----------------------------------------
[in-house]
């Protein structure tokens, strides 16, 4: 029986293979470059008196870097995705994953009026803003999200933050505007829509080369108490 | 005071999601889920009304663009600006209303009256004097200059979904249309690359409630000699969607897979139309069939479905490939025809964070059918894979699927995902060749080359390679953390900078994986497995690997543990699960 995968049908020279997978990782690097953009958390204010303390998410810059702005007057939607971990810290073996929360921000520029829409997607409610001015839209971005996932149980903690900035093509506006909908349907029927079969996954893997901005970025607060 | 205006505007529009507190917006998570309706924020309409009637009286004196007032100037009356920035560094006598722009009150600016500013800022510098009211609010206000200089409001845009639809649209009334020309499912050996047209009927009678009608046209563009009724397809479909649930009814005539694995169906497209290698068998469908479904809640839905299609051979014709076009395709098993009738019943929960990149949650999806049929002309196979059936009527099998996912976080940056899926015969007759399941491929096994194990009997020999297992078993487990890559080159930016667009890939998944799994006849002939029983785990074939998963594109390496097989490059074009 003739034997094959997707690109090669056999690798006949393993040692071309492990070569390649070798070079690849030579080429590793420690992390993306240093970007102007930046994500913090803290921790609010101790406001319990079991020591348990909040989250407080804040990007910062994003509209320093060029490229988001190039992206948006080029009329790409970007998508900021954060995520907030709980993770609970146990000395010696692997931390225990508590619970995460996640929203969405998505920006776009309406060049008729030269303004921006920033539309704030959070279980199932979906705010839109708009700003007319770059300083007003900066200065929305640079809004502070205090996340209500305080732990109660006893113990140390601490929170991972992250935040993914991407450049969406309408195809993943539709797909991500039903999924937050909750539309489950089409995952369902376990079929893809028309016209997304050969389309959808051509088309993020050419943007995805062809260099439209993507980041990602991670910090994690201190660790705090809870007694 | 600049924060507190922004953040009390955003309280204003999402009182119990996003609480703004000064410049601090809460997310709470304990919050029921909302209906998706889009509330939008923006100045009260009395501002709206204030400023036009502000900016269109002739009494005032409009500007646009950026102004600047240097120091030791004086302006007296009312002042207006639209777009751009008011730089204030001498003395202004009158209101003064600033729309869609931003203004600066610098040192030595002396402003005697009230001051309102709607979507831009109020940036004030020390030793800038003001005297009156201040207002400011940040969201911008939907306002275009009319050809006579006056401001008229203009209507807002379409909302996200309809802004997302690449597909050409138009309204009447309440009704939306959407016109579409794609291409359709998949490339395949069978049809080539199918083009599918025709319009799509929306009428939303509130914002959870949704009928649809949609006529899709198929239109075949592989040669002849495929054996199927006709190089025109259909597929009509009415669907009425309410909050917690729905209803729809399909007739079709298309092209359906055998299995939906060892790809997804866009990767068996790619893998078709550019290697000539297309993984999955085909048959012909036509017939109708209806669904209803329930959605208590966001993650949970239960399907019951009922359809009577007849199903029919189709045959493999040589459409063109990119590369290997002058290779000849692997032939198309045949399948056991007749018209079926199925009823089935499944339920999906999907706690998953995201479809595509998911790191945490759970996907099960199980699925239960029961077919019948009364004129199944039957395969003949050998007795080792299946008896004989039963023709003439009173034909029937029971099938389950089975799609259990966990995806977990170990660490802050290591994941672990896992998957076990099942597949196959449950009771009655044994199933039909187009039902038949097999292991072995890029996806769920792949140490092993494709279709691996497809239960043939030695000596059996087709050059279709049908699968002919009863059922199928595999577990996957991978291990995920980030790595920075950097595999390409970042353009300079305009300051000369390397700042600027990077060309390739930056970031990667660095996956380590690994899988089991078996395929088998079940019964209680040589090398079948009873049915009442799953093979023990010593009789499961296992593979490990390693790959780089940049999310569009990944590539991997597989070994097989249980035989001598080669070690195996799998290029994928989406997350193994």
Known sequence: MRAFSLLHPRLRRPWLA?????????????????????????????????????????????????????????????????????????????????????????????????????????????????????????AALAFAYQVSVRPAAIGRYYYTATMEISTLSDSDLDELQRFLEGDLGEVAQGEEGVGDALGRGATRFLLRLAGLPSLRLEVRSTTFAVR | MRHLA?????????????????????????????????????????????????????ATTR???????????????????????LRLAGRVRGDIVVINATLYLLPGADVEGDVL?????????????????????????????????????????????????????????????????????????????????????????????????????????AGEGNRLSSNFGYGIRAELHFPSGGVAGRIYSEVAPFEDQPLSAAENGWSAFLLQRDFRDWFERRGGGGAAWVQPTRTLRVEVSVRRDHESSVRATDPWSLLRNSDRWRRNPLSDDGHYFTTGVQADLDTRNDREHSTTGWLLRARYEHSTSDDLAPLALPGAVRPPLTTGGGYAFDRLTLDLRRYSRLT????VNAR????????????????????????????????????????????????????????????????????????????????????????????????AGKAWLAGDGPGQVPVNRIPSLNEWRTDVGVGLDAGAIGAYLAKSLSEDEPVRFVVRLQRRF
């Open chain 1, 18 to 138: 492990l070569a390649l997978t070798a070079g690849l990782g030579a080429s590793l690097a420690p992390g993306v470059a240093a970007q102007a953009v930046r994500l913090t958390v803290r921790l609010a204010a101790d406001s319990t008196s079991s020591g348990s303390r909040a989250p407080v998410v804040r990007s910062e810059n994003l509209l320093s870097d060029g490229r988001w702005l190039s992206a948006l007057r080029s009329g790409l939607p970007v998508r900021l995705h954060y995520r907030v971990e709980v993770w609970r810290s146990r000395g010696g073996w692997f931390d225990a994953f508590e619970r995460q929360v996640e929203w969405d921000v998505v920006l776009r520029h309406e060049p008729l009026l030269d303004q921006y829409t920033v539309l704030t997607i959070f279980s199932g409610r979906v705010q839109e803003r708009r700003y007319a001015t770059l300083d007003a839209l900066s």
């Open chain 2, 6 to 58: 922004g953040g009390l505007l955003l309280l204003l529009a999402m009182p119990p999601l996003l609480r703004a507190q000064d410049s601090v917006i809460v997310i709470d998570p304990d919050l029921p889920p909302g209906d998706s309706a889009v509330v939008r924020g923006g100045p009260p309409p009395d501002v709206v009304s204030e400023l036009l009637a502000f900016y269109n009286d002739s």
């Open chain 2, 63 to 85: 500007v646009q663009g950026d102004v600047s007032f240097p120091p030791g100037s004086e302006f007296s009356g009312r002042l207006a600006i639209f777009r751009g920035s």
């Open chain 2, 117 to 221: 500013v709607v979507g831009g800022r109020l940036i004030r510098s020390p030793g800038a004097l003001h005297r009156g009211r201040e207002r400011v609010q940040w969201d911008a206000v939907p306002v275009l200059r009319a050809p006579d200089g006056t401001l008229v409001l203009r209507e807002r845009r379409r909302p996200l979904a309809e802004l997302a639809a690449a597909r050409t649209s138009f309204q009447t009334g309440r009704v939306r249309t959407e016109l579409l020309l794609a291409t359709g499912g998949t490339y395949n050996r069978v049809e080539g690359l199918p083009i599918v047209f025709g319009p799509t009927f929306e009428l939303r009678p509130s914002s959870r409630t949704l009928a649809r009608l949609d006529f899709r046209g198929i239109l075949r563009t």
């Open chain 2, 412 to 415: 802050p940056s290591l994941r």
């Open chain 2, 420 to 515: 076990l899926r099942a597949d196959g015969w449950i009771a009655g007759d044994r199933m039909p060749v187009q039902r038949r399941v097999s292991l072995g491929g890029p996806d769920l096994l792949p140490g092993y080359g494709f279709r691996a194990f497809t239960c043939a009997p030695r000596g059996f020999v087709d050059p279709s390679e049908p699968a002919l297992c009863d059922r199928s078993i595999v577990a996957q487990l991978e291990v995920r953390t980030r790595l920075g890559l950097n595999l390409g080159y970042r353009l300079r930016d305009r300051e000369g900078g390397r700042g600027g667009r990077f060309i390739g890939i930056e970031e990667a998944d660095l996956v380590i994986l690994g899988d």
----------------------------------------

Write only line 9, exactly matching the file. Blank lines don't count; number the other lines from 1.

């Open chain 2, 420 to 515: 076990l899926r099942a597949d196959g015969w449950i009771a009655g007759d044994r199933m039909p060749v187009q039902r038949r399941v097999s292991l072995g491929g890029p996806d769920l096994l792949p140490g092993y080359g494709f279709r691996a194990f497809t239960c043939a009997p030695r000596g059996f020999v087709d050059p279709s390679e049908p699968a002919l297992c009863d059922r199928s078993i595999v577990a996957q487990l991978e291990v995920r953390t980030r790595l920075g890559l950097n595999l390409g080159y970042r353009l300079r930016d305009r300051e000369g900078g390397r700042g600027g667009r990077f060309i390739g890939i930056e970031e990667a998944d660095l996956v380590i994986l690994g899988d």